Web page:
blackout datesUpdated: March 8, 2019

If you’ve seen any commercials or advertisements for a travel rewards credit card, you’ve likely heard the term “blackout dates” before, but do you know what they are and why it’s best to avoid them? We’re explaining exactly what you need to know about blackout dates and how you can get the most of your travel card’s miles or points. We’ve also listed some of our favorite credit cards that have no blackout dates for travel, making it easier for you to find the right card for your needs.

Defining blackout dates

Blackout dates are time periods when travel deals, reward redemption and promotions aren’t available. These dates usually fall on holidays or other peak travel periods. For example, an airline might not let you use rewards points to purchase flights around Thanksgiving or Christmas. As you can see, blackout dates can limit how you use your rewards, which is why we recommend that you opt for a travel credit card with no blackout dates. That way, you’ll be able to redeem your miles or points for free or discounted flights and hotel stays whenever you like.

How to get the most of your travel rewards

Even if you pick a card with no blackout dates, there are a few things you’ll want to keep in mind so you can get the most of your travel rewards.

Know when to book

Besides blackout dates, there are factors to keep in mind. For one, flight and hotel values fluctuate throughout the year. Even without blackout dates, you are likely to find that hotel and flight prices are higher during peak periods. That’s why you may want to use your miles or points during less popular periods or for less common flight routes.

Be aware of seat availability

Another factor to consider when using rewards is seat availability. Even if there are no blackout dates, airlines may limit how many seats on a given flight are available for purchase through rewards. They may also spread these seats across different classes — first class, business and economy. This means even though you can book a ticket on whatever date you please, limited seat availability could make it harder for you to use your rewards during peak times — there might not be enough seats to go around. It can also make using your rewards more expensive. For example, you may be looking for economy seats. However, if first class is all that’s available, you’ll end up spending more than you intended.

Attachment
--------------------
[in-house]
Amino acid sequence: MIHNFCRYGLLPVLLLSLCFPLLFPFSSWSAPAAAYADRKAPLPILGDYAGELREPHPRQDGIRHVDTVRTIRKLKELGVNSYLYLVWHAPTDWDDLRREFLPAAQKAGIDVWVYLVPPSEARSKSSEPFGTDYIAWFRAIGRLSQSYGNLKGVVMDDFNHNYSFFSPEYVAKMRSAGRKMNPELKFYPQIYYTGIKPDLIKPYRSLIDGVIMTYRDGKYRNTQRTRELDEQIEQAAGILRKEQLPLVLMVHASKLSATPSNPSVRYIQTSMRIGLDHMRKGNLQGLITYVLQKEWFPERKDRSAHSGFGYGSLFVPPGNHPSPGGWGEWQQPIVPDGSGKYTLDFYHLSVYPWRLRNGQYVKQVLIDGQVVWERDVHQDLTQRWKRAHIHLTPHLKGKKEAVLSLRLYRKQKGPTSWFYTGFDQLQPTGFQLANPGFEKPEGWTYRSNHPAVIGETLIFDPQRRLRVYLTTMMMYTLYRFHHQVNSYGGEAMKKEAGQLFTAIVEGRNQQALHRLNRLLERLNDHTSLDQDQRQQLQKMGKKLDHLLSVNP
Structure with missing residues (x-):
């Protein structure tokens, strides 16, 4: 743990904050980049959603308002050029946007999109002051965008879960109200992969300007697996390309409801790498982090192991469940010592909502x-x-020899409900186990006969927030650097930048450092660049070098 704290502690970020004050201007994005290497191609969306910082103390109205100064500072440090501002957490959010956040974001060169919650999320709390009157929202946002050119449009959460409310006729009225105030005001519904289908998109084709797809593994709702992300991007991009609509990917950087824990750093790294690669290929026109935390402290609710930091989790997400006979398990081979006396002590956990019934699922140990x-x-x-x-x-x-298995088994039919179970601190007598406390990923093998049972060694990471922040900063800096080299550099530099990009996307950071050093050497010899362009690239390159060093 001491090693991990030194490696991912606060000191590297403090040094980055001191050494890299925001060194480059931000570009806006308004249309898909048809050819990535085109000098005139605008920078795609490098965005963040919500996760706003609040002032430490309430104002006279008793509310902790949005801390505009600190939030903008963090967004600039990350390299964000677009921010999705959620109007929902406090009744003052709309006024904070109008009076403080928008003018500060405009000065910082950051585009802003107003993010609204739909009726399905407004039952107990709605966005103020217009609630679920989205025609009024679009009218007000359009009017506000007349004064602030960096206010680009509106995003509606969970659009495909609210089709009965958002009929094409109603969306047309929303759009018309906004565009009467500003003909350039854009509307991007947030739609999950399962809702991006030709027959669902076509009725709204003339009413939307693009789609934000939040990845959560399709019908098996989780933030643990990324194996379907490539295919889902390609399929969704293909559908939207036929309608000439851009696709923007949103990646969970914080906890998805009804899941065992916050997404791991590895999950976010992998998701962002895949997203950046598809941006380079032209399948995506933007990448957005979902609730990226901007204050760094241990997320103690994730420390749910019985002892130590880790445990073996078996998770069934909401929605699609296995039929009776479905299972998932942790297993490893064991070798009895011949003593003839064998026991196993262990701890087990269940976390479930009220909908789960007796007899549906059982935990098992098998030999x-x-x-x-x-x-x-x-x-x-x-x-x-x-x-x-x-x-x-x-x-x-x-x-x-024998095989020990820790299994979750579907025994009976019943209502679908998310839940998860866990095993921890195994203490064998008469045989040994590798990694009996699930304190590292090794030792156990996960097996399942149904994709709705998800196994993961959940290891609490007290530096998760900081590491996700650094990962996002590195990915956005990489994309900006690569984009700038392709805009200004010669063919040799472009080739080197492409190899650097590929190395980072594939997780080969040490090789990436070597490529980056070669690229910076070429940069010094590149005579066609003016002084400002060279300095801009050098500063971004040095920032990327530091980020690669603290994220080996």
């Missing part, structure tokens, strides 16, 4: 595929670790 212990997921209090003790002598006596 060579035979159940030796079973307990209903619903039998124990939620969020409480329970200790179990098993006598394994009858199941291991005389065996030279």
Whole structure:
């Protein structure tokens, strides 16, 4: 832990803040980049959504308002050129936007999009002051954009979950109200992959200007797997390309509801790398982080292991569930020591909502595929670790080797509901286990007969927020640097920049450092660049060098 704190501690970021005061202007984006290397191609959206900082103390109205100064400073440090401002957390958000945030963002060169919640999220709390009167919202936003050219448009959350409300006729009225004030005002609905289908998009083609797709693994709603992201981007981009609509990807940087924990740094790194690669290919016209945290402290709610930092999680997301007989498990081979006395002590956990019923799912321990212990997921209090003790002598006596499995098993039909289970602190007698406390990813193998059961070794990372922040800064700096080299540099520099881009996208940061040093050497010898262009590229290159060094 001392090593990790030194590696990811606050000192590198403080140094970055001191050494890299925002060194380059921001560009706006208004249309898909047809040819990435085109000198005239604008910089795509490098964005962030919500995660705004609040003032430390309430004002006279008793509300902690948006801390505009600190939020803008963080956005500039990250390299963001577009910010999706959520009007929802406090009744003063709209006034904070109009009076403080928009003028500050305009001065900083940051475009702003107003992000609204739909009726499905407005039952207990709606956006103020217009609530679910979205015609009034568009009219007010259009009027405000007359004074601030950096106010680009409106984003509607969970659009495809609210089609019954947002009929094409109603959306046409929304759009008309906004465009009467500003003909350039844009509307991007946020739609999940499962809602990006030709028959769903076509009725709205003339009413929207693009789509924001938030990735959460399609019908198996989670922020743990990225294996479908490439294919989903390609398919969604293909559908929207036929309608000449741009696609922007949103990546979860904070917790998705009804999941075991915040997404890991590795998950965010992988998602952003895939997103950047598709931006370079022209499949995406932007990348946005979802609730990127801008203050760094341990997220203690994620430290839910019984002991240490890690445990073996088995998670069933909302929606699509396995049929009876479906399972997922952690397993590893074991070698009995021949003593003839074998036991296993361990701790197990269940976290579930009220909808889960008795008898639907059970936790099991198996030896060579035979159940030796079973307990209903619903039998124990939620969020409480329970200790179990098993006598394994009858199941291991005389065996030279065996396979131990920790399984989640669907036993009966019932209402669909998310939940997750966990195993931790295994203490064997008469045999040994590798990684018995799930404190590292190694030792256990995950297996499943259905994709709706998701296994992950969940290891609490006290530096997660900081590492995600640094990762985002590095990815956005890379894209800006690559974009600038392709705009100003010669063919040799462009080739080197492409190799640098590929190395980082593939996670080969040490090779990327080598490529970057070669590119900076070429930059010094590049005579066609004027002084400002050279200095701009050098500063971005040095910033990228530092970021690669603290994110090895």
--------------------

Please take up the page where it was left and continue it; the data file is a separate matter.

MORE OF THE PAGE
Best travel credit cards with no blackout dates

If you are looking at a credit card with rewards that are specific to one airline, you may want to consider which airlines are known for high seat availability. Alternatively, you could choose a flexible travel credit card — that is, a card with rewards that can be used with various airlines and hotels, allowing you to book travel however and whenever you’d like. For some of our favorite flexible travel credit cards with no blackout dates, read on.

Capital One Venture Rewards Credit Card

blackout datesFor a travel credit card that has it all — and no blackout dates — look no further! The Capital One Venture Rewards Credit Card offers a hefty 50,000-mile bonus to cardholders who spend $3,000 on purchases in the first 3 months. That bonus is worth $500 in travel! The card also earns a steady rewards rate of 2 miles per $1 spent on all purchases. You’ll earn even more miles — 10 miles per $1 spent — if you book through (this offer expires Jan. 31, 2020). You can redeem your miles in one of two ways. The first way is to book your travel however you’d like using your Capital One Venture Rewards Credit Card to pay for your travel plans, then use your miles as a statement credit to cover part or all of that purchase. The second way is to book your travel directly through the Capital One Rewards Center. Starting in December 2018, Capital One Venture Rewards credit card holders can also transfer their miles to at least a dozen partner airlines at a 2 to 1.5 ratio, meaning 2 Venture miles are equal to 1.5 partner miles — that’s not a bad deal.